I parked the car and went off looking for a night watchman, but couldn't find one. Dammit! I was sure there was meant to be security. I hugged myself as I walked around the darkened building. It was bitterly cold and the wind seemed to howl around the darkened building with spiteful force.
I went back to my car and sat there for a while. What was I going to do? Spoon was all alone in that dark, cold building. Listen to me, worrying like this about a dummy!
After sitting there a while, I started the car and slowly drove off. Should I call Carol? Was it worth waking her over something so stupid? I gnawed my lip as I thought over the problem. No! I wasn't going to burden her with more of this crap.
I parked the car in the garage and went slowly into the house. I was really worried, as stupid as that might seem. Damn! How could I have been so bloody stupid? I made myself a drink, thinking that at least a drink would help me sleep.
All it did was make me morose; and the more I drank, the morose I became. I put on the TV, but all I could find was CNN and BBC. Oh, and shopping network. Whoopee. And a hundred channels pouring out the same vapid dross they did every night.
Eventually, I fell asleep, the glass still clutched in my hand. And that was the position I was in when I awoke. Oh boy.
Now, I've never been down a mine when poison gas starts leaking in, so what I tell you now will have to be treated as hearsay, but I felt like a miner trapped in a tunnel when there's a poison gas leak. I mean the hangover made me feel that way. Then I looked at my watch- nine-o-clock!- and felt the same kind of urgency that a coal-miner must feel under those conditions. Oh. Did I forget to say coal-miner?
I jumped to my feet and nearly lost my balance. Oh, Lord! What was I going to do?
I went into the bathroom and, as cold as it was, put the shower on cold and got in. I rather imagine the electric chair must feel something like that. But it woke me up! I towelled myself dry and went shivering through to the kitchen. It was late, but I had to have a cup of coffee!
I finished my coffee and went out to the car. I'd parked right over against the wall. Damn! Now I'd have to slide across the passenger seat to get in! How the hell had I done that? I got in on the passenger side and slid over the handbrake into the driver's seat. I started the car and slowly and carefully reversed out of the garage. And then sat and waited for what seemed like an hour to get out into the traffic.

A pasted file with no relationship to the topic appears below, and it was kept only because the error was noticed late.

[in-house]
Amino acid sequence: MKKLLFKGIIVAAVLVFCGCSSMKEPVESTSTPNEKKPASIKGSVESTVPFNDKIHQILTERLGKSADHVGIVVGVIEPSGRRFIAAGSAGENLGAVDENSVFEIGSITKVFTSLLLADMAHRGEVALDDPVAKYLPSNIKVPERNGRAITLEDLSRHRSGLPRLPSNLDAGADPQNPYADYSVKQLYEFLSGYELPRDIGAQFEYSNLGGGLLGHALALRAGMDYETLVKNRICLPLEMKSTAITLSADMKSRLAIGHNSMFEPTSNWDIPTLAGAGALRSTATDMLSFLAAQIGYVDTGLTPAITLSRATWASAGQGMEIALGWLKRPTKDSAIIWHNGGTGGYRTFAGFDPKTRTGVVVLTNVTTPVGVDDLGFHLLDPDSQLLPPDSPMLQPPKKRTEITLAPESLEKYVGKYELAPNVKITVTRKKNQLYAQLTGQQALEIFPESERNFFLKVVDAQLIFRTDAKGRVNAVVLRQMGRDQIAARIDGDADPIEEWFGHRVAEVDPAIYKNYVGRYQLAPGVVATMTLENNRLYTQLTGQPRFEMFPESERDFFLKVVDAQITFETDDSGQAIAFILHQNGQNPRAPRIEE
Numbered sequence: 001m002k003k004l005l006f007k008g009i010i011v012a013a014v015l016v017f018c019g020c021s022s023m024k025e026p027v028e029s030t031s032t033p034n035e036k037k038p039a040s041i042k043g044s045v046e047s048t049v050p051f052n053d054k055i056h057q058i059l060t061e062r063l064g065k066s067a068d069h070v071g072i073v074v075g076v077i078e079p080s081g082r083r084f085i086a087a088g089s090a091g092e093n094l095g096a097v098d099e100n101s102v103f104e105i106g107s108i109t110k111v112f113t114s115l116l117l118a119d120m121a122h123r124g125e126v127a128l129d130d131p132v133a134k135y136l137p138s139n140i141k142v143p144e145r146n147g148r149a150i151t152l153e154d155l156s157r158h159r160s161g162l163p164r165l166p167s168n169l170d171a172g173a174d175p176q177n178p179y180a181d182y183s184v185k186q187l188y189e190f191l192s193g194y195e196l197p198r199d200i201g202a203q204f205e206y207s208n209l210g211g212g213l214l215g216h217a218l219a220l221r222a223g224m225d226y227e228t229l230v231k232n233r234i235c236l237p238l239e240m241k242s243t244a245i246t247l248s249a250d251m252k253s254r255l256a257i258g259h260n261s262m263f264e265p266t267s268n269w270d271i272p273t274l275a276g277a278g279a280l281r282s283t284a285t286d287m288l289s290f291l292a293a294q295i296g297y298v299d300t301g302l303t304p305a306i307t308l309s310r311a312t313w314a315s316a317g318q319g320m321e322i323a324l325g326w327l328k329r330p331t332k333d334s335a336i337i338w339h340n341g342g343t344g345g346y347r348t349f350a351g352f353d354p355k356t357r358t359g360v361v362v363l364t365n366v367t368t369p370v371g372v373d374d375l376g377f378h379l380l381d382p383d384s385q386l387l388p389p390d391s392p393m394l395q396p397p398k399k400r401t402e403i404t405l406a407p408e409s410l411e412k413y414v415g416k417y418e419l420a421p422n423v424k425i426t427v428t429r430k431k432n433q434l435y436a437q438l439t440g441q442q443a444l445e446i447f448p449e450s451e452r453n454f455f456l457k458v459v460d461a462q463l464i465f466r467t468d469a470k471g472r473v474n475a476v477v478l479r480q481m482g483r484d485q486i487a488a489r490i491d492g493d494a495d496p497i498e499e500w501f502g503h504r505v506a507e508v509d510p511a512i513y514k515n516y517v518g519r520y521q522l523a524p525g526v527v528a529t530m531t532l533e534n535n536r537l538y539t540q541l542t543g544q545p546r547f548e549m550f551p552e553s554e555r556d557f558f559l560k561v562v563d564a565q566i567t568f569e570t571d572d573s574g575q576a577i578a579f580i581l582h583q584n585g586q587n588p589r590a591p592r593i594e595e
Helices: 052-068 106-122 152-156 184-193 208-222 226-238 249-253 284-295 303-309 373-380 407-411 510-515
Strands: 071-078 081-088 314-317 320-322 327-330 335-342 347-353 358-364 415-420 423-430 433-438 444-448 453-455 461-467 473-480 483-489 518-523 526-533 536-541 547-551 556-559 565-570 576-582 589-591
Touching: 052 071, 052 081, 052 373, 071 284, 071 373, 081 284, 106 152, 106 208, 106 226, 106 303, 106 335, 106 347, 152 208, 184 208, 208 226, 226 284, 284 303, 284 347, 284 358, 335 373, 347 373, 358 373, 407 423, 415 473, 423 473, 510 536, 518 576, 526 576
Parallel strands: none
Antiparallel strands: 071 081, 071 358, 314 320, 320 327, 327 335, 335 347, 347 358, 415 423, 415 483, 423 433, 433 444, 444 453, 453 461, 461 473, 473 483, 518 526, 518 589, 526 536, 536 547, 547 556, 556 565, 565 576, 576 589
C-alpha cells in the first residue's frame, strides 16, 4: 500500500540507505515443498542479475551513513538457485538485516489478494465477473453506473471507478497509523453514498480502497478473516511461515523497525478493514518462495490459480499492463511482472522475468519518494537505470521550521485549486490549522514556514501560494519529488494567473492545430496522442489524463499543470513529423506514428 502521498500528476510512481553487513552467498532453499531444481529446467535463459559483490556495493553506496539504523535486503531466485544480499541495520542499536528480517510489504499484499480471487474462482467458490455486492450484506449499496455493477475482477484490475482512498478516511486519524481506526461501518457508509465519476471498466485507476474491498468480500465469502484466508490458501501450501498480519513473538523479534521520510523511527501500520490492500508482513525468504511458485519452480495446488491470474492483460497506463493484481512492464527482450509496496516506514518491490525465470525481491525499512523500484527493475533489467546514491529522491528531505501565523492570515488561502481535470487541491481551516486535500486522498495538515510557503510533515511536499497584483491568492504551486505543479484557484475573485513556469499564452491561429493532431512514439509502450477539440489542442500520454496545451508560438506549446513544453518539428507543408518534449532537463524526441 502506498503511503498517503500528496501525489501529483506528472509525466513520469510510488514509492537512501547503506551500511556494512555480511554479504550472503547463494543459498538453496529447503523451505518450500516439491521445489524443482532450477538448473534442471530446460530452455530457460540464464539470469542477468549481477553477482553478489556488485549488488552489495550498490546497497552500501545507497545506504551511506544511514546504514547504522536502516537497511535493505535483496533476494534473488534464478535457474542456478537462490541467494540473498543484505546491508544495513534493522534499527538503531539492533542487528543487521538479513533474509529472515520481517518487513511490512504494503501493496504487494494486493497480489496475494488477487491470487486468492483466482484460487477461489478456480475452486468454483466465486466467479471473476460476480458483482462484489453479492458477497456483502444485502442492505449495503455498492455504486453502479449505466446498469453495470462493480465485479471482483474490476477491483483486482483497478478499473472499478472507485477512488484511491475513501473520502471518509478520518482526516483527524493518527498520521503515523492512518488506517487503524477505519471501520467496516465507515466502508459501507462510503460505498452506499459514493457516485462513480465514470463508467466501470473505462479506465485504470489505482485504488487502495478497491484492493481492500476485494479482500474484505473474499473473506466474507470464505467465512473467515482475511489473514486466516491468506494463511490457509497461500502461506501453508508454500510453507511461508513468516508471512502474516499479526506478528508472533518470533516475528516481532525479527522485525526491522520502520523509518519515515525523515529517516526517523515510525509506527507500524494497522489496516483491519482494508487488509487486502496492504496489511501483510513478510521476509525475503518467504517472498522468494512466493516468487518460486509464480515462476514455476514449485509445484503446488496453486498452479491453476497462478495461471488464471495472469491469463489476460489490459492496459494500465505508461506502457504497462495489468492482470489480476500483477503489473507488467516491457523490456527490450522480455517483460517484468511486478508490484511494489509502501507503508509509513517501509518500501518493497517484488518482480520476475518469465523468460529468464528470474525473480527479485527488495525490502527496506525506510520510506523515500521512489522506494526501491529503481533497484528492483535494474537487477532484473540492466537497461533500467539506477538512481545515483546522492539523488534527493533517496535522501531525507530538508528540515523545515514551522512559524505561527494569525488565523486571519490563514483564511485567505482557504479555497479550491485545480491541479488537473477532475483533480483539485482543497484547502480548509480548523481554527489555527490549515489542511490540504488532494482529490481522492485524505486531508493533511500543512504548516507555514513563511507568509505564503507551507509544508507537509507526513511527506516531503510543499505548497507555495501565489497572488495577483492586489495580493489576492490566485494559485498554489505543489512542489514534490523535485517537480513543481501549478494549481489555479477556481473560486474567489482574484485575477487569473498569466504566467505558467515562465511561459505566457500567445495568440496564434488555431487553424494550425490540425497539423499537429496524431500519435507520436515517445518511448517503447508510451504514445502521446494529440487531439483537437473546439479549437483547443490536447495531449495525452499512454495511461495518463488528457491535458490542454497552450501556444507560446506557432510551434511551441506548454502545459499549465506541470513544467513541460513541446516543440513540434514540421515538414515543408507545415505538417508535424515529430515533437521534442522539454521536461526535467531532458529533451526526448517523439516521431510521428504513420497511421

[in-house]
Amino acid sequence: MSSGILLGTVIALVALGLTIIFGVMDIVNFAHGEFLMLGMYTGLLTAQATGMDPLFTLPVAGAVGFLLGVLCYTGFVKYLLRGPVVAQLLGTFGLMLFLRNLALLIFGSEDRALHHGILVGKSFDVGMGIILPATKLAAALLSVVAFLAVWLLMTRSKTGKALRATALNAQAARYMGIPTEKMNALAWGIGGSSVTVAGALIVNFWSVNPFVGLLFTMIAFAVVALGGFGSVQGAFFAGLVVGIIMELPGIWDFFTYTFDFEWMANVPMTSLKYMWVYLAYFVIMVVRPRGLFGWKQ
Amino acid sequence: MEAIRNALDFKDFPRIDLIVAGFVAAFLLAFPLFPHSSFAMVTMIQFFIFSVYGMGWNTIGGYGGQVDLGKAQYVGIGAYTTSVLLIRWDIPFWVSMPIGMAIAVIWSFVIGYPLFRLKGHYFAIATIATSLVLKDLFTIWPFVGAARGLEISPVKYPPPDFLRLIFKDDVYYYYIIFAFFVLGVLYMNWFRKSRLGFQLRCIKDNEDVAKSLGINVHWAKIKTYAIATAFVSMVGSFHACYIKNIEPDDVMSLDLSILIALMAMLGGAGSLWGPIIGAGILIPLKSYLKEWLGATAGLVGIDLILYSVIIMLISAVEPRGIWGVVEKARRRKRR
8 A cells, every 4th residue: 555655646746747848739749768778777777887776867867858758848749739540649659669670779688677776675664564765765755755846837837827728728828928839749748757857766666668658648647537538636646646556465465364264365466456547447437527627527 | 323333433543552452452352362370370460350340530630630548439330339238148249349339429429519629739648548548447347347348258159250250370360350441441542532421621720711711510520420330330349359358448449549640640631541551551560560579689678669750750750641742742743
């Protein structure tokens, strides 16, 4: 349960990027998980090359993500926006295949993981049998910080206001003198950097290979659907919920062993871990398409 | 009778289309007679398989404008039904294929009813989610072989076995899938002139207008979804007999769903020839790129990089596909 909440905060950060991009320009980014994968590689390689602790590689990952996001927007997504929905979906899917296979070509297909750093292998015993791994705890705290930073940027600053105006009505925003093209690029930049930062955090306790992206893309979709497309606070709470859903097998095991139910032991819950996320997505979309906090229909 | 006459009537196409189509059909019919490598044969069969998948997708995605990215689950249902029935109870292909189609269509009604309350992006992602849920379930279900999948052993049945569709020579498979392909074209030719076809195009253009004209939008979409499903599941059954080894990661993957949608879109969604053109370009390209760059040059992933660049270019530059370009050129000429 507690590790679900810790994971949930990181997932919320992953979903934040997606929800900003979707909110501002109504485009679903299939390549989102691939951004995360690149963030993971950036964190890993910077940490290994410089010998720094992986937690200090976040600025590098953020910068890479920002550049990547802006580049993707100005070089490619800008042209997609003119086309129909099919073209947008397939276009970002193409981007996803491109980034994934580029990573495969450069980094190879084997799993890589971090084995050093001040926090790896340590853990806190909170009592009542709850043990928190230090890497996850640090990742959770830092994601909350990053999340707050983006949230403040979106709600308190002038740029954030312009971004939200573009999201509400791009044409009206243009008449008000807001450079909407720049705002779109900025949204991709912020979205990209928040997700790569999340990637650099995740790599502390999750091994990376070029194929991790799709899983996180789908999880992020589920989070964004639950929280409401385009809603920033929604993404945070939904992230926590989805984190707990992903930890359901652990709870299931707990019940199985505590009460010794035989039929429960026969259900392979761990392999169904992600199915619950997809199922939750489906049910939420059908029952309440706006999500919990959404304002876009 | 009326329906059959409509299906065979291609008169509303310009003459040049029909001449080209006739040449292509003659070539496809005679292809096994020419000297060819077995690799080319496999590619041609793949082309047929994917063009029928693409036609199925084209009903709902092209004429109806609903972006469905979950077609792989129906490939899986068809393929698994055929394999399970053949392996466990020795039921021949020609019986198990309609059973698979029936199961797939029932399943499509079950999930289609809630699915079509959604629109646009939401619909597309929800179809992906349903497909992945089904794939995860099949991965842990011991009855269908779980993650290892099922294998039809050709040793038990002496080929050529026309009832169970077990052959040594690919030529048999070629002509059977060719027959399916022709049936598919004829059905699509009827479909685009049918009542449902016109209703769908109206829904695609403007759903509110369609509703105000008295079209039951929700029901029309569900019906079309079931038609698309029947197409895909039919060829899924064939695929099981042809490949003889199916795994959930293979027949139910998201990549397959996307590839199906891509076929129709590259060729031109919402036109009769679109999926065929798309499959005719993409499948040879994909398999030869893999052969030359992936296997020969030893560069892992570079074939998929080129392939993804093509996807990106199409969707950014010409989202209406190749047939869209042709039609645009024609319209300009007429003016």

Eventually, I got into the traffic flow and headed towards the theatre. There was no rushing towards the theatre now! The traffic was crawling along. In this city they have such a wonderful way of making the traffic flow. Roadworks, and lots of them. Every second street had a section dug up, making it impossible to drive at anything over a snail's pace.
Sometime late that afternoon, or that's what it felt like, I got to the theatre. I went into the underground parking and ran to the lifts. The lifts were off doing something else for someone else, so I took the stairs. And, once upstairs, sprinted to my dressing room. The door was open.
And Spoon was gone.
I ran off down the passage, looking for the cleaning staff. Around the bend in the passage, I found an elderly lady busy unlocking one of the dressing rooms. I grabbed her arm. ‘Excuse me,’ I said, ‘did you clean room number seventeen?’
She pulled her arm free and gave me a haughty look. ‘Who you?’ she asked.
‘Alan McCulloch,’ I said,’ that's my dressing room.’
‘Oh,’ she said and looked at me at some length before continuing. ‘Yes, I clean that room for you. Why you ask?’
‘My dummy's gone missing!’ I half-shouted. ‘Did you see him?’
‘You think I steal that thing for you?’ she replied angrily, ‘You don't talk to me like that if I'm white!’